Internal Networking

Circa 1999, Drake C was working on a video game for a large publisher. The game in question was a flight simulator with multiplayer dogfighting capabilities. Or at least, it was supposed to have multiplayer capabilities- in Drake's case, it just had a series of ugly crashes.

The networking library came from the publisher, so Drake reached out to Karl, the developer of said library. They spent some time going back and forth over the phone and email, trying to troubleshoot it. Eventually, Karl tapped out. "I'm stumped," he admitted, "but I'll tell you what, we've got another team working on Weighty Cogs II, and they've already got multiplayer working. I'll get them to send you their code, so you can take a look. Should have it to you by this afternoon."

"Oh," Drake said, "that'd be great. There's no rush, I've got plenty other tasks to work on, but yeah, if you can get that to me, that'd be super helpful."

Drake moved on to those other tasks, and made a note to follow up with Karl. Half an hour later, Karl sent an email. CCed was the Weighty Cogs II team lead, the WC2 product manager, a developer from WC2, and a name Drake didn't recognize. The body was brief: "Please send Drake the network code."

That itself kicked off another flurry of emails- another chain of names that Drake didn't recognize picked up the thread, forwarded the email around, kept Drake CCed on it, and just generally escalated through an obscure series of other owners, with the command: "Please put this together."

Days passed. Drake kept hacking away at the many other tasks he had to work on. Every once in awhile, those tasks brought him into contact with Karl again, and when he did, he'd always ask, "Hey, is there any progress on getting me that code? Still no rush, but just trying to check the status."

Karl would promise a follow up, and they'd continue.

The email thread continued to tick away. It got passed from hand to hand, gradually wending its way up the digestive track of the publisher, until it finally started tickling the tonsils of some VPs. The tone of the email chain went from, "we need to do this," to "why hasn't this happened yet?"

Outside of the email thread, there was a separate thread, involving those VPs, management, the entire Weighty Cogs II team, yet another development studio that was also doing a multiplayer game, and a few other odd names for good measure. This particular thread was a bit more panicked in tone, and lots of the information was getting lost. Suddenly, Drake hadn't simply accepted an offer of some network code from the WC2 team, he had demanded the entirety of the WC2 codebase. That team was from a different studio, so obviously they didn't want to just hand over all their code to a competitor. The publisher, however, didn't care what they wanted, since they owned all the rights. Somehow, the VPs had decided that this was on the critical path to hitting their release dates, and that if it didn't happen, Drake's project might be a complete failure. Which didn't endear Drake's team to the WC2 team at all- why should they bail out those failures?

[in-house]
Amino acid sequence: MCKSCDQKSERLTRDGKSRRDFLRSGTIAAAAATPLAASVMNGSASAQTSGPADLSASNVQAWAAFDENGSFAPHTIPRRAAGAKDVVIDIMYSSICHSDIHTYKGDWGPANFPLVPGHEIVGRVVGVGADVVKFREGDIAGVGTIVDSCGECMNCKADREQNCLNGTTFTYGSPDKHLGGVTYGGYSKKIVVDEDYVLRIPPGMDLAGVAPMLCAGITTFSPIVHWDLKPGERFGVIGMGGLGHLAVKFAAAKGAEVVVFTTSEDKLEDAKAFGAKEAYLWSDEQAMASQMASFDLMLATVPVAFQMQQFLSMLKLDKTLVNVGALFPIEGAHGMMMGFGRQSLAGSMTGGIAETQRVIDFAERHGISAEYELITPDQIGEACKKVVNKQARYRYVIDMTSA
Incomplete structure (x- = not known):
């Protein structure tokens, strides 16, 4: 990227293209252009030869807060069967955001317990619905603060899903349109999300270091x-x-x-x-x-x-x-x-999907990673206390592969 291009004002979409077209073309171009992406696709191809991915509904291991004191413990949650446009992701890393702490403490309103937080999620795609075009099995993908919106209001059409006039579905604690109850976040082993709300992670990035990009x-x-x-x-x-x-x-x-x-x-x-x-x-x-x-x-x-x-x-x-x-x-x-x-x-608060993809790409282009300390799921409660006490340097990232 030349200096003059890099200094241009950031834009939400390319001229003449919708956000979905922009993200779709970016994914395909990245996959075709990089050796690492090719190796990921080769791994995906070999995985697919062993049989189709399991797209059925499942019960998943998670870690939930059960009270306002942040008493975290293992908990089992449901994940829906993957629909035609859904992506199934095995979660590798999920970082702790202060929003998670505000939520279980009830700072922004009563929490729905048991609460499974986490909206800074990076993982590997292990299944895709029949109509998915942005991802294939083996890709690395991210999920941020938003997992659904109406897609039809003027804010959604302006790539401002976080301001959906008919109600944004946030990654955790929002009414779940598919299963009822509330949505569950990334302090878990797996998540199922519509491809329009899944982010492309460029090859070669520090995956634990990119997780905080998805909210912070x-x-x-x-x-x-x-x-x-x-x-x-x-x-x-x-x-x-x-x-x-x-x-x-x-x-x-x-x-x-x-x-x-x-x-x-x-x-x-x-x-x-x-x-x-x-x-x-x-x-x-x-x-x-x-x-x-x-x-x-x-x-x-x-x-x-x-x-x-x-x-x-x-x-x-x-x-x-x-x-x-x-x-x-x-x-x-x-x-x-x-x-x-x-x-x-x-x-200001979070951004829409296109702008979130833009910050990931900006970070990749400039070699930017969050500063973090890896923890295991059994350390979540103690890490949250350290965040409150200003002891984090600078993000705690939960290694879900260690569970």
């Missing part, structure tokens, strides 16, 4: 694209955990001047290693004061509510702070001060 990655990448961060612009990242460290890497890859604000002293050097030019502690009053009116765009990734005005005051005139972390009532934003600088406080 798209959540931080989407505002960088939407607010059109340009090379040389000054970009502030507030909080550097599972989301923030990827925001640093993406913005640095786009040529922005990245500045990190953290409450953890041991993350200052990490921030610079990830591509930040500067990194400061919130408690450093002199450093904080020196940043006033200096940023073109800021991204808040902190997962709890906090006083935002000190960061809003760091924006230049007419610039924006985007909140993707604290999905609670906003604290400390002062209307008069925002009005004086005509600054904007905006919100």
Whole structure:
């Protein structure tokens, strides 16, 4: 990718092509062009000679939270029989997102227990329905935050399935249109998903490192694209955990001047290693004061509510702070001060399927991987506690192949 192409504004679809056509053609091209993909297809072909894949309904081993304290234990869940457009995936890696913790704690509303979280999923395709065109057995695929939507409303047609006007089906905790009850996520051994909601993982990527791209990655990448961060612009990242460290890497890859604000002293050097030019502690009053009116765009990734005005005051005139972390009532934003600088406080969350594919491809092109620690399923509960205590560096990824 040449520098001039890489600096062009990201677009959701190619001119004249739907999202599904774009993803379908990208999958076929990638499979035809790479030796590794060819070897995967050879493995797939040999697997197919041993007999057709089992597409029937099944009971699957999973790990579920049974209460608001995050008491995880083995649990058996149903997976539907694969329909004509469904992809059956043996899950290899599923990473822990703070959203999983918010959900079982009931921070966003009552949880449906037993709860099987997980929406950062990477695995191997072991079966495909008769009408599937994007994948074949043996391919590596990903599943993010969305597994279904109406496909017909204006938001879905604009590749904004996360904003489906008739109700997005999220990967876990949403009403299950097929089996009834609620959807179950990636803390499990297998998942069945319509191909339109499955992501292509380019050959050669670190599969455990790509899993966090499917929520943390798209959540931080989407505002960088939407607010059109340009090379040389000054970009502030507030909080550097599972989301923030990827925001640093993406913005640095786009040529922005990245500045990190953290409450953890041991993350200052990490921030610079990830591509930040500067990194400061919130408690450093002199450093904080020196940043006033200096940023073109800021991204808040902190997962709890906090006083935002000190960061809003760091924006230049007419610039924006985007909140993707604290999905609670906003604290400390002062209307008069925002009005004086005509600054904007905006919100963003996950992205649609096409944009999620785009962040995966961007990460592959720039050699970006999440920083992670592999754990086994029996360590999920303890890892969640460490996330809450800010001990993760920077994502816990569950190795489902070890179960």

After a lot of screaming, several contentious conference calls, and a few C-suite meetings, this panic trickled back down the organization to Drake's boss, Mikey.

Mikey stopped by Drake's cube. "Hey, Drake? Did you ask for the entirety of the Weighty Cogs II source code to be drop shipped on CD to you ASAP or we'd fail to ship?"

"What!? No!" Drake explained his request, and Mikey nodded.

"Okay, that makes sense. But you need to stop asking for it, because it's blown up to a thing."

Mikey and Drake chuckled about the absurdity of the situation, and Drake stopped poking Karl about the software.

The source code did finally arrive, at the start of the following week. It was shipped on CD, and the networking code was spaghettified into the game logic code, which both meant that it was difficult to trace, and also not reusable for Drake's task at all. But it did offer enough of an example that Drake could tell that his understanding of the networking library was correct. With that confidence, he was able to comb through his code until finally identifying the, in his words, "boneheaded mistake" in his code which caused the crash.

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This post originally appeared on The Daily WTF.

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